Affect at the Interface: Silvan Tomkins

Affect from conference websiteI just slept in a bit, recovering from a long weekend at a conference, Affect at the Interface, at the University of New South Wales. Although I sometimes felt out of my element (pretty typical for conferences), it was a great discussion, even if over-stimulating at times. Thanks to Prof. Anna Gibbs and Dr. Jennifer Biddle for all the hard work organizing it — and also to the staff and other folks who put together a great, stimulating weekend (including the brilliant caterer!).

A host of folks presented diverse papers. I’m reluctant to list any because I’ll inevitably end up slighting someone I don’t intend to, but in addition to Prof. Gibbs and Dr. Biddle, a number of folks were very active guests over the two days: Robyn Ferrell, Anand Pandian, Melissa Hardie, Jim Wilce, and Adam Frank (sorry — couldn’t find a good link quickly to info about him) stand out, not just because of their presentations, but because of their comments on other people’s work. However, I have to admit, pretty much every reference to Gilles Deleuze went over my head (alright, I suffered so much with trying to get into Anti-Oedipus that I never attempted A Thousand Plateaus).

I presented second-to-last and made the mistake of entirely rewriting my paper the night before because in an ill-advised attempt to engage with what had happened on the first day. I’m going to post something like the presentation I aspired to give but failed to because of overly-quick turn-around, lack of sleep, and generally not being clever enough on my feet.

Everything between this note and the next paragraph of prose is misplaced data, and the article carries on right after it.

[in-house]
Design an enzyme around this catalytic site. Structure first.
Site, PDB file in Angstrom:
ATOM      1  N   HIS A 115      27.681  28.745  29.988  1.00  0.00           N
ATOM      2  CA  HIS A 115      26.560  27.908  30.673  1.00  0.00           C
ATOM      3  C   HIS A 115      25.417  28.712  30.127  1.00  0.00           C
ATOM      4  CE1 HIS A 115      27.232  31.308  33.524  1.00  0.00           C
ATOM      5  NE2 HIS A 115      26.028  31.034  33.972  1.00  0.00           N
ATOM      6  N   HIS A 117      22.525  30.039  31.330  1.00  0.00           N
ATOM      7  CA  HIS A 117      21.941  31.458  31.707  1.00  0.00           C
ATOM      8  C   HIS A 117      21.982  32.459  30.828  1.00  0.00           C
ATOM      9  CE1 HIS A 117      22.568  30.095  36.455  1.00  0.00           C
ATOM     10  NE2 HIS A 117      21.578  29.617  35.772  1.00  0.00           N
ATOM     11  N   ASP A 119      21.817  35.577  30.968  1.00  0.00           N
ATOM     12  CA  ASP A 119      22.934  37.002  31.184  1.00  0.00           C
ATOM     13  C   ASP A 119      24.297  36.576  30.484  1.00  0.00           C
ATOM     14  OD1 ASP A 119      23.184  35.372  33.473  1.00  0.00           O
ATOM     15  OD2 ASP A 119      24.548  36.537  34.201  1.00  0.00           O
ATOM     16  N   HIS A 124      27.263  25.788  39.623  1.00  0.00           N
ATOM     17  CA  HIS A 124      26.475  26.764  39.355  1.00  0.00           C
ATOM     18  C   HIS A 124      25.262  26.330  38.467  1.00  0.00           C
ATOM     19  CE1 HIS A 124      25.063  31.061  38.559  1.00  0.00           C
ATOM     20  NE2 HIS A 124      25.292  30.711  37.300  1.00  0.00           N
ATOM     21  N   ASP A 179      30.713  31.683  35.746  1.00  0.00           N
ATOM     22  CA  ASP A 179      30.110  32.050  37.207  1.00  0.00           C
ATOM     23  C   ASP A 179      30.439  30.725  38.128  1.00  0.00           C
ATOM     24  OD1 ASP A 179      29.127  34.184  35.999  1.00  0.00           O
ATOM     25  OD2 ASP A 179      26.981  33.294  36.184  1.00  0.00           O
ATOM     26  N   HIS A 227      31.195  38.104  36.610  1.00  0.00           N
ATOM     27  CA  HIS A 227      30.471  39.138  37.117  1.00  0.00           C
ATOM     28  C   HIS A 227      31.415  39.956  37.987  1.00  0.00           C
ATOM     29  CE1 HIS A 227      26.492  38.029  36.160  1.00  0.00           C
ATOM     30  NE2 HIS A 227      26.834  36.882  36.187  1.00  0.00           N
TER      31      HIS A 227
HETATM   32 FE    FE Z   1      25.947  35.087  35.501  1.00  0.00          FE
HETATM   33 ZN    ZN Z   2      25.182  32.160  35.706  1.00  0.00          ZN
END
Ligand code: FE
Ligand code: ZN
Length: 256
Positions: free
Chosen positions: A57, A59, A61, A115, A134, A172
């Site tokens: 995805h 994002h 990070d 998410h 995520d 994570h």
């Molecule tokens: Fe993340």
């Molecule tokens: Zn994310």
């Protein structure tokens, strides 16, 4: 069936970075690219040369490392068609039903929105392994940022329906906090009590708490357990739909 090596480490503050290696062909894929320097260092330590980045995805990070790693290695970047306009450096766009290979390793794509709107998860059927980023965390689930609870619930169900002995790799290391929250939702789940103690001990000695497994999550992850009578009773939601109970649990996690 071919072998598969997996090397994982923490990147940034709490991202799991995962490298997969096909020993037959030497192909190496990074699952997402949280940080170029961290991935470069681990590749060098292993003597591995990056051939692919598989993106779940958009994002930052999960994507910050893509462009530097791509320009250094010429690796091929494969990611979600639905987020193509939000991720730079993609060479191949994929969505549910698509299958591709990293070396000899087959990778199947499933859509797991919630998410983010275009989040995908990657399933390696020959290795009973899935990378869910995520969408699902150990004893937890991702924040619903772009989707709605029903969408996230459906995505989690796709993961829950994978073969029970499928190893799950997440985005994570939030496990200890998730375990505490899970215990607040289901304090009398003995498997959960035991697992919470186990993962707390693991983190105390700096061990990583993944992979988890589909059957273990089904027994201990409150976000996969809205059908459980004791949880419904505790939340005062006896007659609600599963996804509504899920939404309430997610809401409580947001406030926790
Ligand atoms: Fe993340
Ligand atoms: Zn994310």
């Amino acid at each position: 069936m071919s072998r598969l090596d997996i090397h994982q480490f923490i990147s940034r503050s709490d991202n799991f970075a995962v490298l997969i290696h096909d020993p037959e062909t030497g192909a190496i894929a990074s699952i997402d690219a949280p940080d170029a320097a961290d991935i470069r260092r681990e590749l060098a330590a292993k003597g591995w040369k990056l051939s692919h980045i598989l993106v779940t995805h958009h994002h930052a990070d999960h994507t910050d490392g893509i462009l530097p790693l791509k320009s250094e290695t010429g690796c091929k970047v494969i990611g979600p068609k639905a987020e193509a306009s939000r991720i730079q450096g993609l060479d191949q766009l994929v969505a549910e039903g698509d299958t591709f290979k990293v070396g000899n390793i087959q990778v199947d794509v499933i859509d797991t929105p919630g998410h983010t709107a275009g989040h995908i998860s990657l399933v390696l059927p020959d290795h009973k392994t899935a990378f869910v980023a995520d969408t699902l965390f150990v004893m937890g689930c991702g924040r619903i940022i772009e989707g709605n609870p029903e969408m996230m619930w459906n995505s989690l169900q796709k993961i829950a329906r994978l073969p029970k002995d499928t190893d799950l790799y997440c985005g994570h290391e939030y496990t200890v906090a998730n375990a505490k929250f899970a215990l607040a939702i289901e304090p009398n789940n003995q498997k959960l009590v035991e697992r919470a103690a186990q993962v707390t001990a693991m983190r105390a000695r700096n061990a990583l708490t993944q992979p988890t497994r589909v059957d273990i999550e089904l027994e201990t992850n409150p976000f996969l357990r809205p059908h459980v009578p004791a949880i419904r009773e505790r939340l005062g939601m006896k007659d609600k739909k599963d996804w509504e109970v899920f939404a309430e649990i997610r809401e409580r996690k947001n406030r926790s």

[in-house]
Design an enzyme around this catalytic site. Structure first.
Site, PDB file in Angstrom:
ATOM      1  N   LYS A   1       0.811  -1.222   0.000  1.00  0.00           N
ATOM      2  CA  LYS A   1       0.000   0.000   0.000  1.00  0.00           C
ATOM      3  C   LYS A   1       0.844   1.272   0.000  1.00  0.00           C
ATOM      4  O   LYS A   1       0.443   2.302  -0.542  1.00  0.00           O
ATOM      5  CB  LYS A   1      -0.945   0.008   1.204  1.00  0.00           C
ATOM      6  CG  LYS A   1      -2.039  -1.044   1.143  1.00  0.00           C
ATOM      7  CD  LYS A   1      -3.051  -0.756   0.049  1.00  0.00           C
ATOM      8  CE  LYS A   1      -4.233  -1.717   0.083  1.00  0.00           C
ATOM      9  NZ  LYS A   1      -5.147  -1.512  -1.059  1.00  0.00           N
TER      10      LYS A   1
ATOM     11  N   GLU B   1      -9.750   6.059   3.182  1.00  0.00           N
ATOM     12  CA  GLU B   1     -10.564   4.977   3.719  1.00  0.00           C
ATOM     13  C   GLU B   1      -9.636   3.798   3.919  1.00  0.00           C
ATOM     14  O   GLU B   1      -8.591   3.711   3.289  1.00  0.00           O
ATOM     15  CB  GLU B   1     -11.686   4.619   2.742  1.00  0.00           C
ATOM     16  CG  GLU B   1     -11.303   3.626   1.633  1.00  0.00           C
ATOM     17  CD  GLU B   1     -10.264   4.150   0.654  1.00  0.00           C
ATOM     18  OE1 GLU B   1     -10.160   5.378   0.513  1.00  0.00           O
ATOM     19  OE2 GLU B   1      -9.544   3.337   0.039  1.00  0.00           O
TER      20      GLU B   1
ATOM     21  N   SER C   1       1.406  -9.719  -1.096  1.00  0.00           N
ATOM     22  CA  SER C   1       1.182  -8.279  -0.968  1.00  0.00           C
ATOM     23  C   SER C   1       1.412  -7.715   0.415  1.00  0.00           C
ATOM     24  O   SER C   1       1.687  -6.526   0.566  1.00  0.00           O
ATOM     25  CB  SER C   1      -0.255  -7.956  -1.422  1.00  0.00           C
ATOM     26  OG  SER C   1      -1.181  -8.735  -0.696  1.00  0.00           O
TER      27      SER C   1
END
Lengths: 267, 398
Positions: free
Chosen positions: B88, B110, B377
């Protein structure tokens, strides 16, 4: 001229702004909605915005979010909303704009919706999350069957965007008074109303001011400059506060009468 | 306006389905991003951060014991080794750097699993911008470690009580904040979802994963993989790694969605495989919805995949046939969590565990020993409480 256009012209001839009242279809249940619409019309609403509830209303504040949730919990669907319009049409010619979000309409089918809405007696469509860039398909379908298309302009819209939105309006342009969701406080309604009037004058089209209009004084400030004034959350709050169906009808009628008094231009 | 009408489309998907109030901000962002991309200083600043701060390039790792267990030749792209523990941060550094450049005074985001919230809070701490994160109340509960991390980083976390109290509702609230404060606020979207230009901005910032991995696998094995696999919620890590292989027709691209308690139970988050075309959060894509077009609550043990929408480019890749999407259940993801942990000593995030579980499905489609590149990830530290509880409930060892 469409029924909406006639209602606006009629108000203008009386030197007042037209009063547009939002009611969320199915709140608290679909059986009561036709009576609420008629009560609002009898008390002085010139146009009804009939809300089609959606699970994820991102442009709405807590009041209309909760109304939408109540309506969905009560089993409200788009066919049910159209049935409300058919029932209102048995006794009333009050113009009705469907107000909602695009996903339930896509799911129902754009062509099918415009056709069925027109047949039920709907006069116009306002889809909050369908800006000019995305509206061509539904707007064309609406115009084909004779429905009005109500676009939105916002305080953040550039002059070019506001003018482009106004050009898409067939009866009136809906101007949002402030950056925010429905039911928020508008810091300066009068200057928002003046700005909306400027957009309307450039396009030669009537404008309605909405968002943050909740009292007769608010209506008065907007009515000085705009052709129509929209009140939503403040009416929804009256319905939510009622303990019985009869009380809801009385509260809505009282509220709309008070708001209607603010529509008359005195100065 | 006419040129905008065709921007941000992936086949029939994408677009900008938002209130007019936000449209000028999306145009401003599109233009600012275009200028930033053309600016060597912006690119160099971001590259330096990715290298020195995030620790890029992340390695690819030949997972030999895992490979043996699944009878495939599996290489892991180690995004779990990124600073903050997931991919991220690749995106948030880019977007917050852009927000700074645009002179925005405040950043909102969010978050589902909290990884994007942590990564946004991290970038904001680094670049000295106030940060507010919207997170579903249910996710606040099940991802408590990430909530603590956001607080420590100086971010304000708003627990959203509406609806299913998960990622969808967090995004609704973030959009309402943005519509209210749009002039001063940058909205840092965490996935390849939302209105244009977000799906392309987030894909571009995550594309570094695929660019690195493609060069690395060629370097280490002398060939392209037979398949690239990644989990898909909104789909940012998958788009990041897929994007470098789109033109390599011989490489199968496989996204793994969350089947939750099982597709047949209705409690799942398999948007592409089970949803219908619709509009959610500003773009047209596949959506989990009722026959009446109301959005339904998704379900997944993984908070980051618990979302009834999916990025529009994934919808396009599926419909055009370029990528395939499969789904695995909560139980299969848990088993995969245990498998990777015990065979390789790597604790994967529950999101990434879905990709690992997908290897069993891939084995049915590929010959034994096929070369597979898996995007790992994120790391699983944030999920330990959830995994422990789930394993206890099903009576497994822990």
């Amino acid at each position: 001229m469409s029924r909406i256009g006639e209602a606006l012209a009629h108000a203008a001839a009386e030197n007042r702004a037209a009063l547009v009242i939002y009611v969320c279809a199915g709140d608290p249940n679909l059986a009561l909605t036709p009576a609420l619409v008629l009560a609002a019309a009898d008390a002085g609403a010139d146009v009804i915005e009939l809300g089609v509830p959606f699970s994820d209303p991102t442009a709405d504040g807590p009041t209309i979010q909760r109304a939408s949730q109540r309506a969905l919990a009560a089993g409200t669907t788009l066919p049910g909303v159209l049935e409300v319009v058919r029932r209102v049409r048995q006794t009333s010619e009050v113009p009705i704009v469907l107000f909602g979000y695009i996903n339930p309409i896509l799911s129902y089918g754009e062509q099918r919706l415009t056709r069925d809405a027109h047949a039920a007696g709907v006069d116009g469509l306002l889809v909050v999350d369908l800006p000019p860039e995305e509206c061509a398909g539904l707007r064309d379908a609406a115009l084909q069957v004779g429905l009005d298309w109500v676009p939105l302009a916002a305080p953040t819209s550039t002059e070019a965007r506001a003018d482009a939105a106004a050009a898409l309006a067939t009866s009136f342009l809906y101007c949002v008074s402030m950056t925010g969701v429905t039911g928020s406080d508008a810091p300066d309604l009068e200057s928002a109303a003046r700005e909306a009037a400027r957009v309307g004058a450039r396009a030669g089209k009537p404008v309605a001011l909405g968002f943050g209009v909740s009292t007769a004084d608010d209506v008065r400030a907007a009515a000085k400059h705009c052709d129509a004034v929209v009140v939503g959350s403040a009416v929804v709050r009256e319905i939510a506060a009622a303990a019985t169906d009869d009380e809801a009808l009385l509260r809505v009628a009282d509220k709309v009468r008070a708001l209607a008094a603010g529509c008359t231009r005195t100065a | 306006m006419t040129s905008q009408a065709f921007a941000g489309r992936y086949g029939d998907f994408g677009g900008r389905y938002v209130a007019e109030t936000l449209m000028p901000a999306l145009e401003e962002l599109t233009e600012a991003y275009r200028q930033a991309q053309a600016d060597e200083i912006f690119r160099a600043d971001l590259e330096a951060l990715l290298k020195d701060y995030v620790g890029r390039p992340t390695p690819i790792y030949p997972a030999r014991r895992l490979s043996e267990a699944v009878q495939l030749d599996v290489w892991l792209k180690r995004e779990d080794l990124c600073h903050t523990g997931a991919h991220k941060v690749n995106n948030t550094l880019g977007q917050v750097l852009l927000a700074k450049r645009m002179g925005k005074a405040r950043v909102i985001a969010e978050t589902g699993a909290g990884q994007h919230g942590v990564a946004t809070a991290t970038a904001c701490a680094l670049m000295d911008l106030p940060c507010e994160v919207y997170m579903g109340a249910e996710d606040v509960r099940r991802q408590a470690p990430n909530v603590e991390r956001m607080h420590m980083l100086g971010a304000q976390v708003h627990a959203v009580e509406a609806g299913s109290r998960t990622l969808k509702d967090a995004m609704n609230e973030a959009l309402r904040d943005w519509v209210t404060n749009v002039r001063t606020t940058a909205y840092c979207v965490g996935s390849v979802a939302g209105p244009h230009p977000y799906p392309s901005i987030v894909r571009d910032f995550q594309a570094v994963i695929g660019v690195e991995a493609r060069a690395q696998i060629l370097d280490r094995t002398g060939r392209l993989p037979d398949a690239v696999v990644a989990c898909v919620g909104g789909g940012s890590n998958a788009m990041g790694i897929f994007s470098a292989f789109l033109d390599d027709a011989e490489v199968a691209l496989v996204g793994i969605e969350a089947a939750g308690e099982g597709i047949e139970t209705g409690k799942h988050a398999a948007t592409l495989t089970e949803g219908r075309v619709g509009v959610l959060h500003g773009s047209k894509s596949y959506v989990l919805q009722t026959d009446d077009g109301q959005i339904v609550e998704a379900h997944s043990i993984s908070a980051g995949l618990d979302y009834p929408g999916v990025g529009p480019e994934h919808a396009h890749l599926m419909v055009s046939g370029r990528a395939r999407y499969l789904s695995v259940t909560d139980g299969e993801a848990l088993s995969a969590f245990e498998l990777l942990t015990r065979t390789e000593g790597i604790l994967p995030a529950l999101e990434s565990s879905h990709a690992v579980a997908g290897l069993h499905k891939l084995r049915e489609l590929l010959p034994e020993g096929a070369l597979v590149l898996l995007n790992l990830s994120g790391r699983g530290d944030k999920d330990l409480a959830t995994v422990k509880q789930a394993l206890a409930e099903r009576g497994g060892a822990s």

The discussion of affect revived my long dormant interest in the work of Silvan Tomkins, the psychologist and cybernetic theorist. Although I had consulted his work briefly when I was writing my dissertation and first book, especially because of his discussion of shame and my interest in the bodily-nervous effects of inhibition in dance, I hadn’t really taken him seriously enough. Although there weren’t a lot of biologically-inclined individuals at the conference (probably Jennifer Biddle and I were among the most enthusiastic about this line of thinking), it was great to reconsider his work with Prof. Adam Frank there, as he, together with Eve Kosofsky Sedgwick, were instrumental in encouraging a revival of interest in Tomkins’ work, outside the narrower group familiar with Tomkins in psychology (like the Silvan S. Tomkins Institute).

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